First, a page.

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OPEN LETTER TO THE PRIME MINISTER: FREEDOM OF SPEECH

PHOTO: The Farmers Daughter – from a series specially commissioned by Alan Jones and Heather Brown and photographed by Andrew Rankin PHOTO: The Farmers Daughter – from a series specially commissioned by Alan Jones and Heather Brown and photographed by Andrew Rankin
OPEN LETTER TO THE PRIME MINISTER: FREEDOM OF SPEECH - Dr David Pascoe BVSc PhD OVH Repro

Dear Mr Abbott,

As the entire nation grieves and the dust begins to settle over the tragic events of Martin Place, we believe we need to talk about the issue of freedom of speech.

You promised us that Australians would get their freedom of speech back if they elected you and your Liberal Government.

Well, we believed you.

Once you went into power, you suddenly backed down from the repeal of Section 18 C. Your excuse at the time was that you believed it would offend certain sectors of the community - and that we were all part of what you called “Team Australia.”

We knew exactly which sections of the community you were referring to, and we were left feeling uncomfortable about that, especially given the clear and present danger that we were facing with the rise of fanatical terrorism.

Like good and decent citizens, however, we bit our lips, said nothing and reminded ourselves that we were The Land of the Fair Go.

We were not so sure about that when we all woke up this morning.

Like most Australians, we have always honoured two primary rights in this nation: our right to our democracy – and our right to our freedom of speech.

What concerns us most is how our right to freedom of speech has been deliberately and stealthily removed from the people of rural Australia, in particular.

Not only are they already removed from the public gaze by the two fences of distance and bush, they have also been subjected to some of the most draconian and brutal harassment and bullying that has ever been witnessed in our nation.

And your government has completely turned a blind eye to it.

While we were aware of the corporate terrorism of the “Mongrels in Suits” in mining – where carloads of lawyers would suddenly turn up into a farmers driveway, invite themselves in for a cup of tea and immediately begin to harass an elderly couple, telling them how they had already bought up all their neighbours and, if they knew what was good for them, they would sell to them now at their price - and sign secrecy agreements.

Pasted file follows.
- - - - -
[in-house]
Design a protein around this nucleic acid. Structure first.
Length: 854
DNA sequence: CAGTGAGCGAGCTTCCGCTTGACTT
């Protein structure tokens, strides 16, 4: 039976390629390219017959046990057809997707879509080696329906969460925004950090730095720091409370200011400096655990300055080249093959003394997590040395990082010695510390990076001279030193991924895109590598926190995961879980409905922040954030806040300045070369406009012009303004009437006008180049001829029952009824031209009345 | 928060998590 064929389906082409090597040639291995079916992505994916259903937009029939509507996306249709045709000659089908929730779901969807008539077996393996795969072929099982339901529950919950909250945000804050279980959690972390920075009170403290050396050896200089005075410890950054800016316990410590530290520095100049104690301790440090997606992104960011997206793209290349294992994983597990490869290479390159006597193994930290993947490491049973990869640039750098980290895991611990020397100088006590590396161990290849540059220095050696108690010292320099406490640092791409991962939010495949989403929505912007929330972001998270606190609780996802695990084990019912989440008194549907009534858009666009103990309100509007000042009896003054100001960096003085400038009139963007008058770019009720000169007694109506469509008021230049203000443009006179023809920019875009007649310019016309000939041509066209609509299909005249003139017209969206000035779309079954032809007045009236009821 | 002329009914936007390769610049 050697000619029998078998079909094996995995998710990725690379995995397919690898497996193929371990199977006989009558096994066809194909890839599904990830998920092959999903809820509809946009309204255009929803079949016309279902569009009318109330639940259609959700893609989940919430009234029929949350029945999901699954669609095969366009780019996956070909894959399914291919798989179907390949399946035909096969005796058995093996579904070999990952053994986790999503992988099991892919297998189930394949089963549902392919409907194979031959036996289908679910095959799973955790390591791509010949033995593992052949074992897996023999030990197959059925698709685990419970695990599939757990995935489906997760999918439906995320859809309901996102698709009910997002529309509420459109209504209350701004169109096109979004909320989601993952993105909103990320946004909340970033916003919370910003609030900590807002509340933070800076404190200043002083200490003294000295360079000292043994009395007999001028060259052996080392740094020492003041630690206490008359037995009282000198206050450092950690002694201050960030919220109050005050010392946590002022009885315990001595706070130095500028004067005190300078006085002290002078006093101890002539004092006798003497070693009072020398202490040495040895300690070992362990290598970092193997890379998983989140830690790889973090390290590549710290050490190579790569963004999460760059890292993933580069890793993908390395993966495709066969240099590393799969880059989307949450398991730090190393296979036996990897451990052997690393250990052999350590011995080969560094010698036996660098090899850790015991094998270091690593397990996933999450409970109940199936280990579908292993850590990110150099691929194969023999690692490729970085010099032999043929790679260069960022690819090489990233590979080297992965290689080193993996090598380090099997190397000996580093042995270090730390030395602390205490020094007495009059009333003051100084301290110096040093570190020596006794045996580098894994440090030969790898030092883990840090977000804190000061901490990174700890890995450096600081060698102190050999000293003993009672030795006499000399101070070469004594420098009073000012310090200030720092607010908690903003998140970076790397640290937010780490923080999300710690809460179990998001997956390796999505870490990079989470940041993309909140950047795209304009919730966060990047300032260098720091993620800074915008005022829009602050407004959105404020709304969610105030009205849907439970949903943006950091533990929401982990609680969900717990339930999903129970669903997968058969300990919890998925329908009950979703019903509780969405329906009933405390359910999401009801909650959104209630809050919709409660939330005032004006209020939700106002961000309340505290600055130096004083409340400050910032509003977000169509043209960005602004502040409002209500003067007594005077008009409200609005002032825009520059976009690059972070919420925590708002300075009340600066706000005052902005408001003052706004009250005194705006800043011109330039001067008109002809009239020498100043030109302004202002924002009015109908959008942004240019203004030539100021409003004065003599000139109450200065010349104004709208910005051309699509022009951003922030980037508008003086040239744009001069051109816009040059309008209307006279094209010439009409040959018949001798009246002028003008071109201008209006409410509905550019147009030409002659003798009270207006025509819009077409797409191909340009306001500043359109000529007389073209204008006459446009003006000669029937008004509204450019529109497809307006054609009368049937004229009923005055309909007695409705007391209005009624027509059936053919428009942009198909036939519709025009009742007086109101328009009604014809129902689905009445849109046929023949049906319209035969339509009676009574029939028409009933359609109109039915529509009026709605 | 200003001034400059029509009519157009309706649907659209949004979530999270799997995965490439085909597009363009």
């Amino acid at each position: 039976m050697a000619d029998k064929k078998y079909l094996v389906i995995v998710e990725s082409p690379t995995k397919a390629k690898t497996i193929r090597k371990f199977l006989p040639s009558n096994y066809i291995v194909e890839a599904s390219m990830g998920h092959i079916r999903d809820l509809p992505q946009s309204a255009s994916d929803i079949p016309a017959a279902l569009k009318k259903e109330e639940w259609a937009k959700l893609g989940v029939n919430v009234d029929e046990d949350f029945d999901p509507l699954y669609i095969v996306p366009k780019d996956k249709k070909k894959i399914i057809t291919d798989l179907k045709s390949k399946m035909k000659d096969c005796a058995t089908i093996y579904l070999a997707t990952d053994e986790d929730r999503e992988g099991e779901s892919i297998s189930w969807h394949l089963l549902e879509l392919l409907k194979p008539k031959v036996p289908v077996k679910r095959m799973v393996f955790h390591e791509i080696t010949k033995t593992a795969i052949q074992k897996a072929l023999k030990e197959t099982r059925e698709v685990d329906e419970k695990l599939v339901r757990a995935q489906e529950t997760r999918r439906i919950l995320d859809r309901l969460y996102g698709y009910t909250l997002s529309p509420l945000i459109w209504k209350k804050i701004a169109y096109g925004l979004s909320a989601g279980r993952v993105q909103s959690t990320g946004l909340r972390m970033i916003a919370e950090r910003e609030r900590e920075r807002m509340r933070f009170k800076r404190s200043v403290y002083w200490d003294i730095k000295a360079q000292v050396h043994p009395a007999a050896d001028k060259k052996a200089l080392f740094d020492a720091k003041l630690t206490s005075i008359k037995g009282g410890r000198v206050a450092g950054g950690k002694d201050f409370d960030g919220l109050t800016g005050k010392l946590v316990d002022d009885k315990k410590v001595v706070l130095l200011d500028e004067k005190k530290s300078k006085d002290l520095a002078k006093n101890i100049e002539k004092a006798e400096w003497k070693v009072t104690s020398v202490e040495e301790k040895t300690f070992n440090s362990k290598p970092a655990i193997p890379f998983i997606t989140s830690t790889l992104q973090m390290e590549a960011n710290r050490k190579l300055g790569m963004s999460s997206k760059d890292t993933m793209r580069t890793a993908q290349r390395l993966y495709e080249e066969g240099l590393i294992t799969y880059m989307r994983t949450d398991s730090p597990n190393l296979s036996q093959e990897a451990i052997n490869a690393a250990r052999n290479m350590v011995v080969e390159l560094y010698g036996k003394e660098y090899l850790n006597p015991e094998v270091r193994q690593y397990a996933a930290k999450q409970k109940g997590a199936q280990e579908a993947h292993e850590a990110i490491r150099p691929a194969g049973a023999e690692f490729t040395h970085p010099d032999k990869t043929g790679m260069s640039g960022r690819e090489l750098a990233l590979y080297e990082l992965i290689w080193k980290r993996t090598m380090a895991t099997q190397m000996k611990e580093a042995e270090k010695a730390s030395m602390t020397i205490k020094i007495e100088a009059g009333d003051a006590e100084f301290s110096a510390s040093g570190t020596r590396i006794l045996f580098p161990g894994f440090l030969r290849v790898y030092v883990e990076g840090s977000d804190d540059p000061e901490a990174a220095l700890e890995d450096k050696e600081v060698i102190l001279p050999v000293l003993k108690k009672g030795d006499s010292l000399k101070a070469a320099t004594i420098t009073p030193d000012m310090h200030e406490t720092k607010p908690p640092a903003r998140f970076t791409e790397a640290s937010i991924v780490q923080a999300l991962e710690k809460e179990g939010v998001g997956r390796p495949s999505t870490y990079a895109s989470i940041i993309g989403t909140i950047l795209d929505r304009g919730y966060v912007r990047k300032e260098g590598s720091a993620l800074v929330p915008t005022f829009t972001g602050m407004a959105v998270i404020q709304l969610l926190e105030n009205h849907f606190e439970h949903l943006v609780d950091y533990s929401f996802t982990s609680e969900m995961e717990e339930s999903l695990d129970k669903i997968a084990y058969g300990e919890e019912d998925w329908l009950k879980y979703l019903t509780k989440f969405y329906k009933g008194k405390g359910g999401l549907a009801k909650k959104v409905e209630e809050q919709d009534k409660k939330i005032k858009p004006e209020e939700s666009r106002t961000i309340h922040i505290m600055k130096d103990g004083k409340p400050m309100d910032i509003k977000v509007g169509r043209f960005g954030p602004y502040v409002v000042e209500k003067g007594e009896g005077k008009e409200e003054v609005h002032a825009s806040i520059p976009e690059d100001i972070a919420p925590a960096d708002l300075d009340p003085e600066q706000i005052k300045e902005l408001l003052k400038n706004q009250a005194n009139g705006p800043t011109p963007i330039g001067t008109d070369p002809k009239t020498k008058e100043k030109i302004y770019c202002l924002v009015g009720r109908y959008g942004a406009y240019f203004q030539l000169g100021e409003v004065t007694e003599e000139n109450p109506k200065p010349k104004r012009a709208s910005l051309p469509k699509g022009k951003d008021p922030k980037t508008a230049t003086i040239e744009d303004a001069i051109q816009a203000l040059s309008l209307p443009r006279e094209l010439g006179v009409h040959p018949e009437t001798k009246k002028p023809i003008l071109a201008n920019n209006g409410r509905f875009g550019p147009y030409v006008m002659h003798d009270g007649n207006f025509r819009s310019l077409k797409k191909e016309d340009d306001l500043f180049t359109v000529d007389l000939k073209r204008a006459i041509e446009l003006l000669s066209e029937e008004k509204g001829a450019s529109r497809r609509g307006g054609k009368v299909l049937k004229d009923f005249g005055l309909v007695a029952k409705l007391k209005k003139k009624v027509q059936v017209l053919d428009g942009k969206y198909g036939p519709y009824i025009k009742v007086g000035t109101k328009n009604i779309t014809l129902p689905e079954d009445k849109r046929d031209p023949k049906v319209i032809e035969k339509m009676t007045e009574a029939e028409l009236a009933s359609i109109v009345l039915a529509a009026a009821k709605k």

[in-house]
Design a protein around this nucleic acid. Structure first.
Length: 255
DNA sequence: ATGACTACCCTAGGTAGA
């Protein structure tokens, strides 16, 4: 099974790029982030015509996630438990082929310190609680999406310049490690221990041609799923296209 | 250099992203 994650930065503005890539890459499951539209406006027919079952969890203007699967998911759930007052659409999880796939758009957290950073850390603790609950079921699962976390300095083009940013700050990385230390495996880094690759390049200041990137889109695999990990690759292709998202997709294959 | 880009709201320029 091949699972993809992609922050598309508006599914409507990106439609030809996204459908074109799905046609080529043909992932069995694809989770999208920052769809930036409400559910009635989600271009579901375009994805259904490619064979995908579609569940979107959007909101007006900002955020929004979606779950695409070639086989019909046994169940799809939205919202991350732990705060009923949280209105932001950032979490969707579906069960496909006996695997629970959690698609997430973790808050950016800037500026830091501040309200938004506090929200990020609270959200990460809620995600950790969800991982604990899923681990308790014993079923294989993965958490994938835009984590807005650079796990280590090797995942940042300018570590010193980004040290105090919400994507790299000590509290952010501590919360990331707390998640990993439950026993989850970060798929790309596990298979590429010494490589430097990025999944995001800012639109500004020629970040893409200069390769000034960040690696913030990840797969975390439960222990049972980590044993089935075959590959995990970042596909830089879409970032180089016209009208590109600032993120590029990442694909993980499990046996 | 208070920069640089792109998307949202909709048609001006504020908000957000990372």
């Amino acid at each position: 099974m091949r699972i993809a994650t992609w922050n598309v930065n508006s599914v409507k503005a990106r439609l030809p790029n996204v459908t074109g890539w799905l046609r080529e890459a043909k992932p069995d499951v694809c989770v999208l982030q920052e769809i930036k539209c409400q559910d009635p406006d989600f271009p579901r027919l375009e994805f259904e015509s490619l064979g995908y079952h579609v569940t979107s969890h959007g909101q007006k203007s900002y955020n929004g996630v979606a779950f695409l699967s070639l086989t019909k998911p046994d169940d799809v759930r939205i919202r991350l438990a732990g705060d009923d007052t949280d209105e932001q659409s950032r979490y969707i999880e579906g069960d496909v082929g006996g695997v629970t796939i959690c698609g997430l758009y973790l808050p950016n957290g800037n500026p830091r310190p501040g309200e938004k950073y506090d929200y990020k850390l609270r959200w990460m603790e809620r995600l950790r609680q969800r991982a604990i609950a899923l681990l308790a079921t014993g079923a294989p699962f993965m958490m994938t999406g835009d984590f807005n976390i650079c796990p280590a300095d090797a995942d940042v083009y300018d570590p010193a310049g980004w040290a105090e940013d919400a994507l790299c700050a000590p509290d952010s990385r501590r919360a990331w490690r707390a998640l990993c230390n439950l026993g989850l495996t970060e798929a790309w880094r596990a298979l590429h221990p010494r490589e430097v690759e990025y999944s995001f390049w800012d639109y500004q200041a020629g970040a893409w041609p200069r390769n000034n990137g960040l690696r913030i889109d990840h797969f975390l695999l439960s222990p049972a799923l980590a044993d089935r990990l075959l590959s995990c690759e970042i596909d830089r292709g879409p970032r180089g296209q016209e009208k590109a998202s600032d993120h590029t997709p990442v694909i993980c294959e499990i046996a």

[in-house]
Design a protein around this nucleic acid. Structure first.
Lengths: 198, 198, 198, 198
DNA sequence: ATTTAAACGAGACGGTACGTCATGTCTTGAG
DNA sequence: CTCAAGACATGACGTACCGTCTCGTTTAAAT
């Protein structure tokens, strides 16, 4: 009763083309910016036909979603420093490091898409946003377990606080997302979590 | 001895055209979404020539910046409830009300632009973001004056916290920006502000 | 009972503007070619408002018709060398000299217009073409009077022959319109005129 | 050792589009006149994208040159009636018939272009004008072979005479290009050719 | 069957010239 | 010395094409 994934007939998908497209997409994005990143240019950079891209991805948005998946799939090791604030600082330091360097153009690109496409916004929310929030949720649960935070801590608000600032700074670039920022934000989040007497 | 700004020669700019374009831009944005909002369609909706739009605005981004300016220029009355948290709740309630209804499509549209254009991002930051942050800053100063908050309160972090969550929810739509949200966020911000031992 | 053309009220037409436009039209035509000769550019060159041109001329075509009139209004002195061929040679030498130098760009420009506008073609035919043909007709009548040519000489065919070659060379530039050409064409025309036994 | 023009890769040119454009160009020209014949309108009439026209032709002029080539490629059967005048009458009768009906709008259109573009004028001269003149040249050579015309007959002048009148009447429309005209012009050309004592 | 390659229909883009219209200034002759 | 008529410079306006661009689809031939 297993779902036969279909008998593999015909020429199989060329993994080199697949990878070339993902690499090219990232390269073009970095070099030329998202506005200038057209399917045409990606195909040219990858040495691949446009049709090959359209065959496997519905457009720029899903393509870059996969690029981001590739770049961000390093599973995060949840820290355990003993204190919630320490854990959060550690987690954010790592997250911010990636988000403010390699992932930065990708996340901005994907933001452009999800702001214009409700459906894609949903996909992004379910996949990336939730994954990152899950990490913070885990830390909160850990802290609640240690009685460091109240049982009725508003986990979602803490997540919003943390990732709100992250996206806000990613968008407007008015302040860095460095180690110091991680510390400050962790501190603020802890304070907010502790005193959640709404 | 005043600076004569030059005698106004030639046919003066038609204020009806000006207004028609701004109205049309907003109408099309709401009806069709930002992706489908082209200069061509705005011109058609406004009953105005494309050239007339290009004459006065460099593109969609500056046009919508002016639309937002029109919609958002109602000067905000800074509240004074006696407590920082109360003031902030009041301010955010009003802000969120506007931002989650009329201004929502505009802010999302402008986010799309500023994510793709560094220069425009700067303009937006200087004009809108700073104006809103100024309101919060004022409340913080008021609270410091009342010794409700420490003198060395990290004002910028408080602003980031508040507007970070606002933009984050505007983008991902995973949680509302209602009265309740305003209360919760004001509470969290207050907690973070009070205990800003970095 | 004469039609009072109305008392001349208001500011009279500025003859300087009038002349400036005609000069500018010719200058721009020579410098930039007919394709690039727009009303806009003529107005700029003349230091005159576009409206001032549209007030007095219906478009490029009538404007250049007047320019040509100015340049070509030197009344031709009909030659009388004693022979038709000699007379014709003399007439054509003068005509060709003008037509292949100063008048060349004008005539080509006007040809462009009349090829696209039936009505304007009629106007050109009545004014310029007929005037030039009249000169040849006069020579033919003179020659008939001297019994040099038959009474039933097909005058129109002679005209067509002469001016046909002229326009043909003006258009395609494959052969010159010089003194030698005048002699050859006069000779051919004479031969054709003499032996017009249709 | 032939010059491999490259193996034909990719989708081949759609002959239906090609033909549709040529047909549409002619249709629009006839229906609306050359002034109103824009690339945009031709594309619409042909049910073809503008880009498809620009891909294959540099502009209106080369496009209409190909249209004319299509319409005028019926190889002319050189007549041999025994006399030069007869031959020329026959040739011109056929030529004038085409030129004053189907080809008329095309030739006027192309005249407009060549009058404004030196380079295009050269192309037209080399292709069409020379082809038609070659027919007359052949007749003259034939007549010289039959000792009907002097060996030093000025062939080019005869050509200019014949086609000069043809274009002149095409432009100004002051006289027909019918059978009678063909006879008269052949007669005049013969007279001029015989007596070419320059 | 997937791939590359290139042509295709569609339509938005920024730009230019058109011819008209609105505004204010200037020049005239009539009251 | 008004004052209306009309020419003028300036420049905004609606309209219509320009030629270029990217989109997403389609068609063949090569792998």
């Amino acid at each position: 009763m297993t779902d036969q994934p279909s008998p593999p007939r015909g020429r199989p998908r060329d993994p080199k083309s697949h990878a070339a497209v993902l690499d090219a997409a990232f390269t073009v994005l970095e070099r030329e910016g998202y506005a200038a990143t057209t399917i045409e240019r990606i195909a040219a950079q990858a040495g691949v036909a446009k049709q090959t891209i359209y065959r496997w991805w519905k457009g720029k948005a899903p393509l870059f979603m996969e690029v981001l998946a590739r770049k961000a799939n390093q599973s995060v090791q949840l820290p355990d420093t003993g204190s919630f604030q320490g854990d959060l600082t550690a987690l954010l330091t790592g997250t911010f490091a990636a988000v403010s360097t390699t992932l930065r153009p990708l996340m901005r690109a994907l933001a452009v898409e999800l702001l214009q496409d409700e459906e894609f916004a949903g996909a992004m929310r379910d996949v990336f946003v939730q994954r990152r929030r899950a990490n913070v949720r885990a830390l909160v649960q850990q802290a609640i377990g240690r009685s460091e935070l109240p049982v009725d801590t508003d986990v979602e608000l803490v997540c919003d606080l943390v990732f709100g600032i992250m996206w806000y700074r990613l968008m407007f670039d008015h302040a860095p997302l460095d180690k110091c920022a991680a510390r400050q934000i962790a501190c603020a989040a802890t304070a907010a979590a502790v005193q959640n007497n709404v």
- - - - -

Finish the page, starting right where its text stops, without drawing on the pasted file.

If it didn’t happen as brutally and quickly as this, then it would certainly happen as soon as negotiations commenced with the farmer.

It is standard practice that farmers were forced to sign secrecy agreements which effectively muzzle them from speaking their neighbours, their community and the local media.

In some cases, elderly couples were even threatened and prevented from speaking to their own immediate blood families.

Furthermore, throughout the negotiations the threat of being taken to court – and at their own massive expense – was always made clear to farmers by the mining companies.

This meant that every negotiation became Advantage Mining Company, because the rest of the community had no idea what a fair price was. It was a corrupt and clever game, where bullying big city lawyers would effectively harass, terrify and intimidate farmers into signing they agreements they wanted.

We have sat in country halls and listened to the sheer helplessness of an entire community of deeply conservative farmers who believed they had no other choice than to do whatever the mining companies and the politicians wanted.

My wife once stood up and spoke in sheer outrage and reminded farmers that freedom was the light in their hearts, that freedom was the gift of their birthright in this nation. She did not sleep a wink that night when we came home because she could not believe that what she had seen and heard was actually happening in our own country.

We were not prepared for what the banks were ALSO doing to the Australian people - or the magnitude of the forced silencing of farmers right across Australia. The truth is, the Banks have been given the right to do whatever they like.

When we went to Winton, we watched in horror as farmer after farmer physically shook, turned away and began to cry when we asked them to name the bank that was doing this to them. We were completely shocked by the depth of their fear: this was not the Australia we grew up in.

Since my letter to you about the treatment of Mr Charlie Phillott by the banks, I have since received hundreds of letters written by farmers who have told me they are too afraid to speak out because the banks will go after them, punish them and make life worse for them.

Some of them have actually asked me to use their names because they felt if they were sent to jail they would at least have a roof over their head, three meals a day and the fear and harassment would finally come to an end.

This is not my Australia, Prime Minister – and I sincerely trust this is not your Australia, either.

Either way, you can no longer afford to ignore what is happening within our own nation, and what is being done to our own people.

We need the right to Freedom of Speech to be given back to our Australian people - and we need it to be given back to us today.

We also need a very big spotlight on the brutal and bullying behaviour of banks and the way they have treated the farmers when foreclosing on their properties.

This is completely unAustralian and I believe there needs to be an urgent national debate regarding the banks and their treatment of our citizens.

We can no longer allow the banks to hide behind the secrecy clauses that has allowed this behaviour to continue against our own people.

Not if we still want to call ourselves a democracy, anyway.

Kind regards
Dr David Pascoe

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